As infrastructure collapses, UNICEF supplies water for shelters in Gaza

NEW YORK, USA, 16 January 2009 – After 20 days of military operations in the Gaza Strip, the humanitarian situation there has deteriorated to new levels of desperation.

An estimated half-million Gazans are now without running water. Food and electricity are also in short supply. Bombing and shelling – which has already killed more than 1,100 people, including more than 350 children – continues.

UNICEF has delivered water, water-purification tablets and water canisters to the Palestinian Red Crescent for distribution. More supplies are ready to be distributed when it is safe to do so. Relief efforts and basic repairs to the water and sanitation infrastructure are significantly hampered by the ongoing violence.

The United Nations Relief and Works Agency is currently operating and supplying 49 shelters in Gaza, where some 45,000 people are living. While drinking water has reached all but one of the shelters, lack of access to clean water poses a serious health threat throughout the country. In several communities, raw sewage runs in the street.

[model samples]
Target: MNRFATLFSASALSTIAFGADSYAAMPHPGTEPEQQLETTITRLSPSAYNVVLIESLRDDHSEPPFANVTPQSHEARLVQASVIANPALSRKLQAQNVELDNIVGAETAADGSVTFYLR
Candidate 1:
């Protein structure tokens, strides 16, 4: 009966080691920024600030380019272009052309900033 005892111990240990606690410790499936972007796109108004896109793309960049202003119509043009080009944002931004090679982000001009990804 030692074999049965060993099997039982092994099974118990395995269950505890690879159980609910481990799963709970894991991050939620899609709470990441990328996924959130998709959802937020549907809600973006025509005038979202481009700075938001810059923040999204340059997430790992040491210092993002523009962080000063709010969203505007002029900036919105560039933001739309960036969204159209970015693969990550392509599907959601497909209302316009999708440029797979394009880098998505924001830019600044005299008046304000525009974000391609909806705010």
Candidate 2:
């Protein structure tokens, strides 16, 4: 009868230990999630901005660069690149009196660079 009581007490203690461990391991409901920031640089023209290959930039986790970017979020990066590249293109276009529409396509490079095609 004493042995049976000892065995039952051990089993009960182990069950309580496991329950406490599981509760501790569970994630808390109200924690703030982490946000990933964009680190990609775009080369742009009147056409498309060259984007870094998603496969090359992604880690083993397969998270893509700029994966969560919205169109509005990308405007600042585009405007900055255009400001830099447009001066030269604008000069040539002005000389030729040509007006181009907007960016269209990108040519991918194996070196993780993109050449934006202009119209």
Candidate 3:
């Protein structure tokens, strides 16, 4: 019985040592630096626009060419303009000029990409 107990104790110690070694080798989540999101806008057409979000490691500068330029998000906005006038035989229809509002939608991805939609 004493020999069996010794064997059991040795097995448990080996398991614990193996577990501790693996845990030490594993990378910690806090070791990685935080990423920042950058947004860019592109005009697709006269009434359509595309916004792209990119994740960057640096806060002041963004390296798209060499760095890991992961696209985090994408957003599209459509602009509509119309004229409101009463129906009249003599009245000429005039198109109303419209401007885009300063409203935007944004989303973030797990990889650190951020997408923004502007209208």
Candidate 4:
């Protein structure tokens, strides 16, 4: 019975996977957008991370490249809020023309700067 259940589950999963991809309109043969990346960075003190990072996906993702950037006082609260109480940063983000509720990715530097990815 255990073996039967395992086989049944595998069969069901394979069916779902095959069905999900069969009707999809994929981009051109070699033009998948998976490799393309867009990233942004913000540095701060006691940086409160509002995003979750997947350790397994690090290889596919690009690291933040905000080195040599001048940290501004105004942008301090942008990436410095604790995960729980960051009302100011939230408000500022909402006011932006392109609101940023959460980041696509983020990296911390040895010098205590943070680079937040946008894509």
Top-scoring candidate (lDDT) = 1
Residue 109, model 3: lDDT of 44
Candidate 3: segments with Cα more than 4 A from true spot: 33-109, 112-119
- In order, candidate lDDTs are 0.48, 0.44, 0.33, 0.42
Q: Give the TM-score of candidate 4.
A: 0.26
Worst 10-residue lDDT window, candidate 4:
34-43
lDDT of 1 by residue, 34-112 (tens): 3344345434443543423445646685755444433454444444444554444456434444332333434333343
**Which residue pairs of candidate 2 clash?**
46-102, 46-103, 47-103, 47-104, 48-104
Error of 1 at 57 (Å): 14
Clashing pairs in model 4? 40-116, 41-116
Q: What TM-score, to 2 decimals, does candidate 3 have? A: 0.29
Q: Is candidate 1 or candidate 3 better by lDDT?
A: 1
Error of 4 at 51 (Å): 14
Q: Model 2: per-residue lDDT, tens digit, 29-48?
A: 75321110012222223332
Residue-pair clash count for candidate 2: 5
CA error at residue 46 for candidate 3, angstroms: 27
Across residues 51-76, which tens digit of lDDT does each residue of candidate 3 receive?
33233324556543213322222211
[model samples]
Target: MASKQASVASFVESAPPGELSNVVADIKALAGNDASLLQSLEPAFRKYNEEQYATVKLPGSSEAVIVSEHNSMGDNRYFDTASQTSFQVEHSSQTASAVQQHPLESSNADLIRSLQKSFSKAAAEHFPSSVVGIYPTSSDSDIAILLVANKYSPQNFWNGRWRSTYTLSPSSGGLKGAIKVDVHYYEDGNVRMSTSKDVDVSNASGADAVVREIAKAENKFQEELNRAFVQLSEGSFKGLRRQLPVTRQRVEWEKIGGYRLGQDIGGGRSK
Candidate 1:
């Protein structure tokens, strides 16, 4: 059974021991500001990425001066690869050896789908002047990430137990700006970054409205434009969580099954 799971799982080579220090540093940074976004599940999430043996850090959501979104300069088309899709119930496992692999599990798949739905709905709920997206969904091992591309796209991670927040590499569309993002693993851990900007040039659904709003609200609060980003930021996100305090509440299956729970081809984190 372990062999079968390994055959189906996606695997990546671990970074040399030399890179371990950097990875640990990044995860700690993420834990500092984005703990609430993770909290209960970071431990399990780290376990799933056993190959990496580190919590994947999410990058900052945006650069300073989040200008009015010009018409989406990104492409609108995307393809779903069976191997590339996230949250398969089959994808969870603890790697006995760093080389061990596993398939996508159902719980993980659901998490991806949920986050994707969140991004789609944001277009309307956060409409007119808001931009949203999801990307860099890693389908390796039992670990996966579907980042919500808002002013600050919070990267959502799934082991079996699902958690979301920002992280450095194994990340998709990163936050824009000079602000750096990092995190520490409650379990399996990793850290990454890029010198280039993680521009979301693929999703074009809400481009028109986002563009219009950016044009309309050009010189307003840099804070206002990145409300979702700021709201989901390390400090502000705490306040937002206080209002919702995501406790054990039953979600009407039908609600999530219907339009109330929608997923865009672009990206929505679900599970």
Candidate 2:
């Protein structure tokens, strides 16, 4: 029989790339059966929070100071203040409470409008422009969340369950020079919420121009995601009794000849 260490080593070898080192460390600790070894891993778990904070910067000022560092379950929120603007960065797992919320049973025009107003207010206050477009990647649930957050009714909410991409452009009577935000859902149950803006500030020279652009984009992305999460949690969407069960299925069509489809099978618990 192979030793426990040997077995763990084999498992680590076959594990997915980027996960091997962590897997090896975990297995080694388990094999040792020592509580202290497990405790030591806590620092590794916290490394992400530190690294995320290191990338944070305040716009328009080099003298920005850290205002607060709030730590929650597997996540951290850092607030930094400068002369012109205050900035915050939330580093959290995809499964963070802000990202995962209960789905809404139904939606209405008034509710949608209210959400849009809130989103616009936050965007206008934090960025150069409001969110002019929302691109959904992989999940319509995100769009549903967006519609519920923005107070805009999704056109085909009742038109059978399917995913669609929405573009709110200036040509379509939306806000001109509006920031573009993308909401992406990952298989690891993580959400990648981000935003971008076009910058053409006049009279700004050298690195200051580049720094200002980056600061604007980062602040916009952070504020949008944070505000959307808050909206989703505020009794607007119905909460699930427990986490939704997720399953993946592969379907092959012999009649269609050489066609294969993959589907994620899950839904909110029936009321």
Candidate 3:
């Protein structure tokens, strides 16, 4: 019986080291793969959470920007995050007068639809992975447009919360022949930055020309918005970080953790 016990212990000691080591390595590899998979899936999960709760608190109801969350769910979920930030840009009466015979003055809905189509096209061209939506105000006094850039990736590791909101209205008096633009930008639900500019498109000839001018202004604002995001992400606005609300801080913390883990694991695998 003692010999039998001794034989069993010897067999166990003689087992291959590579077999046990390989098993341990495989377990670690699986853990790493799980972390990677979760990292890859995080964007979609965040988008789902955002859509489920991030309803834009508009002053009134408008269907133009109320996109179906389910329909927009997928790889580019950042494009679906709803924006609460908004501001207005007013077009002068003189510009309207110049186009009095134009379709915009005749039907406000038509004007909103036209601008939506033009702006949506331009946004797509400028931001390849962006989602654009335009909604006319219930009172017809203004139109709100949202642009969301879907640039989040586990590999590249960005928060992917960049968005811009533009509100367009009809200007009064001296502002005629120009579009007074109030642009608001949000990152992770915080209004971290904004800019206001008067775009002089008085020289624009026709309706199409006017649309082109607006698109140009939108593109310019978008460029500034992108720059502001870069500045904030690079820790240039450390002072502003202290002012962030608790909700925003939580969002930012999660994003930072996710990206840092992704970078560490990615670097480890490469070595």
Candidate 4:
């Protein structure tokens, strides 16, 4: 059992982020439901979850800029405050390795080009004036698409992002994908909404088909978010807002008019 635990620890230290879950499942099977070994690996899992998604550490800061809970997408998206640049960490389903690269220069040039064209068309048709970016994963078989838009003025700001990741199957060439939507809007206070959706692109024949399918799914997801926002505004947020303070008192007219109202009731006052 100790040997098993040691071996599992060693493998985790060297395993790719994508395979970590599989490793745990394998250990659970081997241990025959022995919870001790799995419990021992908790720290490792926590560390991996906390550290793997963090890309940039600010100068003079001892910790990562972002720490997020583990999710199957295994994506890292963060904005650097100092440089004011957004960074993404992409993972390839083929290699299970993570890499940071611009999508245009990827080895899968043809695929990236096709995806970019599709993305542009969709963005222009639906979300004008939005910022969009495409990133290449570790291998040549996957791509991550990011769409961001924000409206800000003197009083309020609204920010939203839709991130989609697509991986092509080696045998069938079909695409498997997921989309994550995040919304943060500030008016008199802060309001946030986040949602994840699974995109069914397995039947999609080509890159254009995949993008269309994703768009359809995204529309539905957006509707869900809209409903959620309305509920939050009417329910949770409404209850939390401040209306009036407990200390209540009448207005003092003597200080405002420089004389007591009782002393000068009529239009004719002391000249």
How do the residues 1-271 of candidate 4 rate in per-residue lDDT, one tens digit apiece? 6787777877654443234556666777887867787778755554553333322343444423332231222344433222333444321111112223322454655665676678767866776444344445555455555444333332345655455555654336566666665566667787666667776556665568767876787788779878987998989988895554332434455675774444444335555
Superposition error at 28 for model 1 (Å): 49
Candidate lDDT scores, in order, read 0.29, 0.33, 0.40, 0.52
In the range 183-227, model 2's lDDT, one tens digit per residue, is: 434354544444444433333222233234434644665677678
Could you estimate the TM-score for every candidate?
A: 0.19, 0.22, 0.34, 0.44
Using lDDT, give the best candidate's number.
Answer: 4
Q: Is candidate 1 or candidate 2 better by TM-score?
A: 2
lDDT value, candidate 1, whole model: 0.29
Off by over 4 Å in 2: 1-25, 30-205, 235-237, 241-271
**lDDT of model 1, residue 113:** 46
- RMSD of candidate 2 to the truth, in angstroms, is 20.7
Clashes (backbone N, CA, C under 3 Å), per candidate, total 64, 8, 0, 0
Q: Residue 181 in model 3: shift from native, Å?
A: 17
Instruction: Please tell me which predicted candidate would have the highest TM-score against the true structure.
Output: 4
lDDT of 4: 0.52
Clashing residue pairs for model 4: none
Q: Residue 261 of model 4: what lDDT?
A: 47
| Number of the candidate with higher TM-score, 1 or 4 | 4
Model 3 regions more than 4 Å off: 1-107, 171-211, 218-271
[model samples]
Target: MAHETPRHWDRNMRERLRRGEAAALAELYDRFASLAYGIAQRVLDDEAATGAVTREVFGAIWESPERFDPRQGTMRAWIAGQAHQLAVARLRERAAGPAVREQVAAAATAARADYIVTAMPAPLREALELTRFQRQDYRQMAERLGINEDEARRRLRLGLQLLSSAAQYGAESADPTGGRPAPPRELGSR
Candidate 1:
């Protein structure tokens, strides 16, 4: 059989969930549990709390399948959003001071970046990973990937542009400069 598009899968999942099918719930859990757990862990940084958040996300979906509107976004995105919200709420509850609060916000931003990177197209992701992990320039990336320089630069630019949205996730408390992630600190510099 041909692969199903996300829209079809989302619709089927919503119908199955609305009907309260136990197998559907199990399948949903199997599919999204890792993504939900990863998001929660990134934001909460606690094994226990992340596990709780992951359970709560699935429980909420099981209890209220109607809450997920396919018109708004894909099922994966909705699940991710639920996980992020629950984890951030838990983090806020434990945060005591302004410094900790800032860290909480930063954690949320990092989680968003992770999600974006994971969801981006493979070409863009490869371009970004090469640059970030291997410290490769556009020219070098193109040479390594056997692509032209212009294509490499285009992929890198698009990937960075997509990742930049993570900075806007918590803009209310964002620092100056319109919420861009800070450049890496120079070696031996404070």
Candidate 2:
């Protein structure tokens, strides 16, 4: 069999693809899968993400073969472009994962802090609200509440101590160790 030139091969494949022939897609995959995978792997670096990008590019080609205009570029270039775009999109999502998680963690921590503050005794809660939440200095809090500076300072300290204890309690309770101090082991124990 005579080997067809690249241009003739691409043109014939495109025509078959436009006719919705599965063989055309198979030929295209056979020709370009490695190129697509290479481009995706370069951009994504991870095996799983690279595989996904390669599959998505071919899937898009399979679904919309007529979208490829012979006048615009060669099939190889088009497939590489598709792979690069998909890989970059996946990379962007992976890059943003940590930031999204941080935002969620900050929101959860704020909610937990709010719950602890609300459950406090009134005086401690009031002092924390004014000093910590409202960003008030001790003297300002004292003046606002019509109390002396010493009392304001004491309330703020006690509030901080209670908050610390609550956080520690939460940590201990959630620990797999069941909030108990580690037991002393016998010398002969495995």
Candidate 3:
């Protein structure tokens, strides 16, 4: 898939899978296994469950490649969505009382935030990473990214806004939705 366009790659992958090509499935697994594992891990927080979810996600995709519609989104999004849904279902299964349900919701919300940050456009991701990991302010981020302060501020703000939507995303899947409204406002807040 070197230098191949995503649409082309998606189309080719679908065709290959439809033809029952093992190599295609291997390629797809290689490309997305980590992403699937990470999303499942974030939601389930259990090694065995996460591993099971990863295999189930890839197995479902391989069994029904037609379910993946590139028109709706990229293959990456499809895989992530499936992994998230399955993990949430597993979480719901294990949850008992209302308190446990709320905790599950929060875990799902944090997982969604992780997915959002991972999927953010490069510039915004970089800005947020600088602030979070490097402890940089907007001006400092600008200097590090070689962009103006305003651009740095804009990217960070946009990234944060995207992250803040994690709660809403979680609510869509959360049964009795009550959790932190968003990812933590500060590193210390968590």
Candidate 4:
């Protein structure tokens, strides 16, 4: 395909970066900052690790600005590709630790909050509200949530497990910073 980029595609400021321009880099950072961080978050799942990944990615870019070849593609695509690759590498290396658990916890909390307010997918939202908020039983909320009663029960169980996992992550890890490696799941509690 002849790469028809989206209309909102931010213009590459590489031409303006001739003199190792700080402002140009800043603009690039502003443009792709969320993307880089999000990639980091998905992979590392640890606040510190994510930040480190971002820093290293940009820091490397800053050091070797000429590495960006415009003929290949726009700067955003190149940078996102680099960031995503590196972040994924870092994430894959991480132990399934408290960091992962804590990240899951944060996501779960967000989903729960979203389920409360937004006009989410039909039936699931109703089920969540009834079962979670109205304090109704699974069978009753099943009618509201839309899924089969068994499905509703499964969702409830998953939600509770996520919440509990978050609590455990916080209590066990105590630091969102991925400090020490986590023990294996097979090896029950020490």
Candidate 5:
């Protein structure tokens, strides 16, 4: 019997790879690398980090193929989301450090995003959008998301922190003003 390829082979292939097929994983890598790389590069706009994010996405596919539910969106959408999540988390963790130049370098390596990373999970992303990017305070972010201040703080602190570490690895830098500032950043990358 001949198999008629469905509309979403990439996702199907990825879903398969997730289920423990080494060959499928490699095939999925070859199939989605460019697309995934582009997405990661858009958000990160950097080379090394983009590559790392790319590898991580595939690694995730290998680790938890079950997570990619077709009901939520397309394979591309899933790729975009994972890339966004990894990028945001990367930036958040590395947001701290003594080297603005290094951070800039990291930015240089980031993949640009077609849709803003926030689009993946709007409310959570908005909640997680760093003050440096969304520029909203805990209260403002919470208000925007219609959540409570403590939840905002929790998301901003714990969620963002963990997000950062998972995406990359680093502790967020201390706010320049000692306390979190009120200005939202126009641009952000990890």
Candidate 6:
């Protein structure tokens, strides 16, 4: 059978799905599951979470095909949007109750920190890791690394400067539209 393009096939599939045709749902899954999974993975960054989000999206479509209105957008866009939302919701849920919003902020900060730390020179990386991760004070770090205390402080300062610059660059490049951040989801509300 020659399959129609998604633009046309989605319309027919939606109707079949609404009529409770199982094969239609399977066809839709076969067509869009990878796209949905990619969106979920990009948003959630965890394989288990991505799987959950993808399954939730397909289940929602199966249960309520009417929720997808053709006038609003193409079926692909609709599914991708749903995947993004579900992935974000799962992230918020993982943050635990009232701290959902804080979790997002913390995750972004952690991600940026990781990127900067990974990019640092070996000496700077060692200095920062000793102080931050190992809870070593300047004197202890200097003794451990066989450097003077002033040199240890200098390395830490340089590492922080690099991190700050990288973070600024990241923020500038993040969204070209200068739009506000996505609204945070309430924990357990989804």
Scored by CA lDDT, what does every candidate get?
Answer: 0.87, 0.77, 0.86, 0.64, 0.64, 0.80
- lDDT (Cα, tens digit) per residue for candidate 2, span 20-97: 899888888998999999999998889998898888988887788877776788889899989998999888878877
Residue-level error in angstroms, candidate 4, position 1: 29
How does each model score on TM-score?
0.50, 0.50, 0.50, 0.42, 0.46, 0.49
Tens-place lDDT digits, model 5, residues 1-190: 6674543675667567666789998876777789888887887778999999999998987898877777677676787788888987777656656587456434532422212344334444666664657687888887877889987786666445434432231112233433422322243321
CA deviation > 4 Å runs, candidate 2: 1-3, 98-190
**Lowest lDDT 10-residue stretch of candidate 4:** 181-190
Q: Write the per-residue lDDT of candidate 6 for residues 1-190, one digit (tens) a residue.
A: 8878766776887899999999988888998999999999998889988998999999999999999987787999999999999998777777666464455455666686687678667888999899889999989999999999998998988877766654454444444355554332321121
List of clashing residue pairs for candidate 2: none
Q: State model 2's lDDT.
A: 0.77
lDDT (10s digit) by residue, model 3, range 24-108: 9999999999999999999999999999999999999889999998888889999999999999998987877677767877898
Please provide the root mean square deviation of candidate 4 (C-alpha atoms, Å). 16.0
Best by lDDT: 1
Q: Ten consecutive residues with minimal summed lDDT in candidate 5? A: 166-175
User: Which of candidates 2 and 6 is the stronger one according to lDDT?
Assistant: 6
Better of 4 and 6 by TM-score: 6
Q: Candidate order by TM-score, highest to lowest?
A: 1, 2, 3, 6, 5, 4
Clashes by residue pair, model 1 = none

‘No place is suitable for children’

Nine-year-old Amal Younis Diab Zayed’s family found refuge at a school in Al Shatee camp, northern Gaza. They share a room with 11 other families, totalling 61 people altogether.

“We came here because there is no water and electricity and our houses were destroyed,” she said. “Only yesterday, I was able to bathe [for the first time] since the beginning of the shelling.”

The UNICEF compound has also become a shelter – in particular for Ibtisam, a UNICEF Education Officer, and her nine-year-old son.

“No place in Gaza is safe, no place is suitable for children,” said Ibtisam. “I was scared about my child. I have to rescue my child.”

School on hold, life interrupted

In her professional capacity, Ibtisam also expressed concern about the longer-term impact of the crisis on Gaza’s children. The fighting has delayed the start of the school year, now postponed until February.

“These children will not be ready to start the second semester or to do the exam for the first semester,” said Ibtisam.

UNICEF is now preparing to furnish schools with replacement materials following the serious damage to many school buildings.